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Xisha blue hole declared as world's deepest

CCTV.com

07-27-2016 12:32 BJT

Full coverage: The South China Sea Issue

Chinese researchers have confirmed the world's deepest underwater sinkhole, or blue hole, is located near the Xisha Islands in the South China Sea. The blue hole is more than 300 meters deep -- and the diameter of its entrance is about 130 metres.

An aerial photo taken on July 24, 2016 shows the "Sansha Yongle Blue Hole", which was officially named by the Sansha municipal government on Sunday, in Yongle, a major coral reef in the Xisha Islands. It was confirmed on Friday by Chinese researchers that it is the world

An aerial photo taken on July 24, 2016 shows the "Sansha Yongle Blue Hole", which was officially named by the Sansha municipal government on Sunday, in Yongle, a major coral reef in the Xisha Islands. It was confirmed on Friday by Chinese researchers that it is the world's deepest underwater sinkhole. Located at 16.31 degrees north latitude and 111.46 degrees east longitude in Yongle, the "Sansha Yongle Blue Hole" is 300.89 meters deep, surpassing the current record of 202 meters. It was traditionally known as the "Dragon Hole" and called the "eye" of the South China Sea by locals. [Photo: Chinanews.com/Luo Yunfei]


Locals call it the "eye" of the South China Sea. Traditionally known as Longdong, or "Dragon Hole", the natural marvel is located in Yongle, a major coral reef of the Xisha Islands.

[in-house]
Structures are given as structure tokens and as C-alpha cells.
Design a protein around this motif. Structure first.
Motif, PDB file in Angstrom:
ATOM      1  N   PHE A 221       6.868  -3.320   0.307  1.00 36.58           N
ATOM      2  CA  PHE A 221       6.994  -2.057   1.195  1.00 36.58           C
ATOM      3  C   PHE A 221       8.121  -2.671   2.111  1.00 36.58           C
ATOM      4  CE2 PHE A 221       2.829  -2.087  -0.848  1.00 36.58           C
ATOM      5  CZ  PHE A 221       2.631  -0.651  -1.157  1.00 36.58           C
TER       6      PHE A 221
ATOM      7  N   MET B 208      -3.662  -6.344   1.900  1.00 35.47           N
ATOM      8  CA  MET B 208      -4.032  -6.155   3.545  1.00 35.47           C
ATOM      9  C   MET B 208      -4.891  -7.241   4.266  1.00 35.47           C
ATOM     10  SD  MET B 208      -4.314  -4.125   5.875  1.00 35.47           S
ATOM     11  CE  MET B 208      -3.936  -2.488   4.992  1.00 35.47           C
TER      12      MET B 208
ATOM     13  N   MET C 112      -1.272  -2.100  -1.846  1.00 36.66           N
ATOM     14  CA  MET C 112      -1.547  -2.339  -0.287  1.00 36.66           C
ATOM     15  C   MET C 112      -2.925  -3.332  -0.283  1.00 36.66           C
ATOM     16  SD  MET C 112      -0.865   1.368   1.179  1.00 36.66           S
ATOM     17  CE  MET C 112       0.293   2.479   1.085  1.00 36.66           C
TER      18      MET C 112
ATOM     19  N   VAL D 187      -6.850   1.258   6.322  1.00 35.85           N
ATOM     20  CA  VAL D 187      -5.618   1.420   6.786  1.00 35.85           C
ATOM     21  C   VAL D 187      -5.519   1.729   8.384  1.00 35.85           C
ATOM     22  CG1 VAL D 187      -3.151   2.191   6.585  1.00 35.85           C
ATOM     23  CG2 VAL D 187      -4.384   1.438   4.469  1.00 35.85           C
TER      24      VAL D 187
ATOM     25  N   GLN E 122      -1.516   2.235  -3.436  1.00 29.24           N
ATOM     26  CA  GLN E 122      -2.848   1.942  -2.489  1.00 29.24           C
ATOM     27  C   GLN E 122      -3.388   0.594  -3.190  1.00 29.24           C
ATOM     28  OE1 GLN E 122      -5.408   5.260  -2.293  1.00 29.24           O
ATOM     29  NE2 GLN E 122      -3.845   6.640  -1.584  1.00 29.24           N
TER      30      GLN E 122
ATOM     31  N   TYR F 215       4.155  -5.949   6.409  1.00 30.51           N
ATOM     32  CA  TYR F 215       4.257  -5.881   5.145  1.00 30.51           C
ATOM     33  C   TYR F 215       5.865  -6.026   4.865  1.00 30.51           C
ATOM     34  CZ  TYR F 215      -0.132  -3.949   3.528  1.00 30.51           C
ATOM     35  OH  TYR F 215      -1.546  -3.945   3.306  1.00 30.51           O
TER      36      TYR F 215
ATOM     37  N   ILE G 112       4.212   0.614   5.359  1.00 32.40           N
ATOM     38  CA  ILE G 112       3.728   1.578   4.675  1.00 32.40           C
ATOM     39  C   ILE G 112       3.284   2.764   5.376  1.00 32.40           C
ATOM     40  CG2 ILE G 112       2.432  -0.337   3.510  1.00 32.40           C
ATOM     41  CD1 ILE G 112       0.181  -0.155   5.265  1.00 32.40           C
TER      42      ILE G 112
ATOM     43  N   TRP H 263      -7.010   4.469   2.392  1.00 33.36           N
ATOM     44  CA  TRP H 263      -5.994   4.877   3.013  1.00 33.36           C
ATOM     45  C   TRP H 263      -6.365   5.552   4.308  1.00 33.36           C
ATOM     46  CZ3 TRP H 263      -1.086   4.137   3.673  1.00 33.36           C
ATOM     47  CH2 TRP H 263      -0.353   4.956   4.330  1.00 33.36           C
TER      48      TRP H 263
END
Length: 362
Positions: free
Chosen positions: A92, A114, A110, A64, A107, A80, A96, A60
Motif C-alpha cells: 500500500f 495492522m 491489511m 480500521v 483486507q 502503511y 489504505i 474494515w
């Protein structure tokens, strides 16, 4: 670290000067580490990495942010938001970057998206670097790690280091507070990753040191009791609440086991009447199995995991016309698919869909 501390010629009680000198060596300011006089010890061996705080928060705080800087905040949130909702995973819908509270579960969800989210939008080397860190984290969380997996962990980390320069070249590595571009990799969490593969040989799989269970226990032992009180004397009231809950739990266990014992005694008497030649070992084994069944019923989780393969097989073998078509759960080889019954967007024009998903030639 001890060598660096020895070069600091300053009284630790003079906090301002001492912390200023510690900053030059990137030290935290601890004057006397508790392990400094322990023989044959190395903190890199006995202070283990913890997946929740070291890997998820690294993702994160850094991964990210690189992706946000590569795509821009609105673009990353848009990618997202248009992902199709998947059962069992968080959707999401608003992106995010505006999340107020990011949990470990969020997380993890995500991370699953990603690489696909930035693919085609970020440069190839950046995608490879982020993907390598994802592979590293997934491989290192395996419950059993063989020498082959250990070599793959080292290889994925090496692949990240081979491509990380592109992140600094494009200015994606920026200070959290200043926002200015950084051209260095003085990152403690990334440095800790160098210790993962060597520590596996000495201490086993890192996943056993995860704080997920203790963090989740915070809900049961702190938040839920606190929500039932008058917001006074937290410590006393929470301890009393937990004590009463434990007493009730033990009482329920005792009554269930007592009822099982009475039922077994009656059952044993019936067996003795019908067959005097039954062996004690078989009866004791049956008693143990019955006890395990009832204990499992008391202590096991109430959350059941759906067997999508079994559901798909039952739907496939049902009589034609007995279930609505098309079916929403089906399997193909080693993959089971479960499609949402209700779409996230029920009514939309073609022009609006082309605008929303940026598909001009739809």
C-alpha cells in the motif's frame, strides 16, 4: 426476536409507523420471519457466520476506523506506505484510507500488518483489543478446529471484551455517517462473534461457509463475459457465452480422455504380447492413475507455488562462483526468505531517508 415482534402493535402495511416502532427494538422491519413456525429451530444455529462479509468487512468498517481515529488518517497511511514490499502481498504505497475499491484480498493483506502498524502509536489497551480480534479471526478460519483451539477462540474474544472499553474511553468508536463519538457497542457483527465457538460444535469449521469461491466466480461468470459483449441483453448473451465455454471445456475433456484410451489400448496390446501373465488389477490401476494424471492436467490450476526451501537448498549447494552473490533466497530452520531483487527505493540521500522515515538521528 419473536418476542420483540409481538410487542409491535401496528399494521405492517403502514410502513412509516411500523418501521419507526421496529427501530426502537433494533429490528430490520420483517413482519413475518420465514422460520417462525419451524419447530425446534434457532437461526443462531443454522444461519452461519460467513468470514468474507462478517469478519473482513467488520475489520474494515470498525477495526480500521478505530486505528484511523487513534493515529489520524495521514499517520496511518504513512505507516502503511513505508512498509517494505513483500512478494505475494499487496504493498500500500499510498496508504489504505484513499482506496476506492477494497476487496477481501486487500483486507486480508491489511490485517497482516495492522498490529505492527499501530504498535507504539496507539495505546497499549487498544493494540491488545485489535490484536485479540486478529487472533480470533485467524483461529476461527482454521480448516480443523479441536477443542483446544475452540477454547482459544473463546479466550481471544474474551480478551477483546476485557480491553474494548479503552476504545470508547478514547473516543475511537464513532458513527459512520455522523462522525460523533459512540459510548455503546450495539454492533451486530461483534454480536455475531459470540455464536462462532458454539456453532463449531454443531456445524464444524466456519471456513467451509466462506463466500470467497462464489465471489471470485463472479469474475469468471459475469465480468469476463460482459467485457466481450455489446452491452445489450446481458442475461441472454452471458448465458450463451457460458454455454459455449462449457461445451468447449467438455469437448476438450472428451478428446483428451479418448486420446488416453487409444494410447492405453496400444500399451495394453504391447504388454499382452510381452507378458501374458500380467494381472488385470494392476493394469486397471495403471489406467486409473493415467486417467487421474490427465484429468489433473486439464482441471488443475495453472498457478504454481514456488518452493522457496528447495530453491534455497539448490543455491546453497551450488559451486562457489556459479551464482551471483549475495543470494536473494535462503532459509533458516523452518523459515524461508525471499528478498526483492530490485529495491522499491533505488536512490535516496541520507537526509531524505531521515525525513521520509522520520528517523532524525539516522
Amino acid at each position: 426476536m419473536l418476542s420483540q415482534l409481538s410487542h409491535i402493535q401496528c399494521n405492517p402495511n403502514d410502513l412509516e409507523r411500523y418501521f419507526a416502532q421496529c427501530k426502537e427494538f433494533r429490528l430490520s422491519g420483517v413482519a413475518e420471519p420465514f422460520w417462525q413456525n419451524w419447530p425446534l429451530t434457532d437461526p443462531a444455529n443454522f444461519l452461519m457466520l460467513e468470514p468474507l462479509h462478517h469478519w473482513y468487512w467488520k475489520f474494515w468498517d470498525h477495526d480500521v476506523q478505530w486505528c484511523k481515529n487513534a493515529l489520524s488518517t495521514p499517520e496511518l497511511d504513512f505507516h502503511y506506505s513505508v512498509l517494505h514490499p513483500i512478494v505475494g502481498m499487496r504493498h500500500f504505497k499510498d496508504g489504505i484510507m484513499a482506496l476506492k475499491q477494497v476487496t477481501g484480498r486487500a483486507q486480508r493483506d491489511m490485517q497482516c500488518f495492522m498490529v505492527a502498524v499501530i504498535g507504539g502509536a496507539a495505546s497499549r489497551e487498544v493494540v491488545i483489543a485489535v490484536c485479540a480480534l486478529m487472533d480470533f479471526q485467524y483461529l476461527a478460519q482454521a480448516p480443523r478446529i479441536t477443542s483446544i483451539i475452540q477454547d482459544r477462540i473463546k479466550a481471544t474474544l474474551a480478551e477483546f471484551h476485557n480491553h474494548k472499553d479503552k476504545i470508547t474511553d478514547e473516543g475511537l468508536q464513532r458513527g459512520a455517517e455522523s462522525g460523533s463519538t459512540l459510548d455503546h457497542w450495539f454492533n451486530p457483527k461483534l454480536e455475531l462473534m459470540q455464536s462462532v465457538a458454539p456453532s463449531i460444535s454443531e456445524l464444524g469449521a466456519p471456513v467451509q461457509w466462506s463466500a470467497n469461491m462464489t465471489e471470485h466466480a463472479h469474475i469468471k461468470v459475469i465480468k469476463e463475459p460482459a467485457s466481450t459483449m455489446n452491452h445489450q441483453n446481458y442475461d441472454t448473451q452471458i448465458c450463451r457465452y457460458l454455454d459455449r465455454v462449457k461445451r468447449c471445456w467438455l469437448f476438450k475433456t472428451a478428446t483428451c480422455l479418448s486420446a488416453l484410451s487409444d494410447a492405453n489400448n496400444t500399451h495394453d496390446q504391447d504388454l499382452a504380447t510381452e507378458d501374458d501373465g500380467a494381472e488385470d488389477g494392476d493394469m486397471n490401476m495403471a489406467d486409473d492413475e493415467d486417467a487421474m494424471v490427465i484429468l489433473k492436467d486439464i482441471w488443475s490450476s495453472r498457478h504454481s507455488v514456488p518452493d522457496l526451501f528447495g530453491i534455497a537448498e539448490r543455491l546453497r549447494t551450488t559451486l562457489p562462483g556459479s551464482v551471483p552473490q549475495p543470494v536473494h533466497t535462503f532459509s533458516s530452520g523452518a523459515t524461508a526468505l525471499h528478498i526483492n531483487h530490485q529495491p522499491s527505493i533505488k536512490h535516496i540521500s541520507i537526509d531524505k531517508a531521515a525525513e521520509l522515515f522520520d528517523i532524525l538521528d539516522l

Supported by the Sansha City Government of China's Hainan Province, the Sansha Ship Course Research Institute for Coral Protection recently explored the sinkhole using an underwater robot fitted with a depth sensor.

"Calibration is needed to decide its accurate depth, and an initial estimate puts its depth at about 300 meters. That is about 100 meters deeper than the Dean's Blue Hole on Long Island in the Bahamas, which is 202 meters deep. And thus, it is the deepest blue hole we know of so far," Professor Yang Zuosheng with Ocean University of China, said.

A blue hole is circular, and its name reflects the contrast in colors between the dark blue inside and the lighter shade in its surrounding waters.

They are peculiar landforms, without a doubt, but their imporance in marine research is well known.

"Research into a blue hole can provide detailed records of how the climate or water level changes over tens of thousands of years. Once we have that data, we can deduct the patten of evolution for climate change in the South China Sea, including its ecosystem, hydrological system, and its landform," Professor Yang said.

Researchers have detected more than 20 species of fish and other organisms in the upper levels of the sinkhole.

The blue hole is now officially known as "The Sansha Yongle Dragon Hole", and authorities are keen to protect, but also harness the unique qualities of the landform in the future.

 

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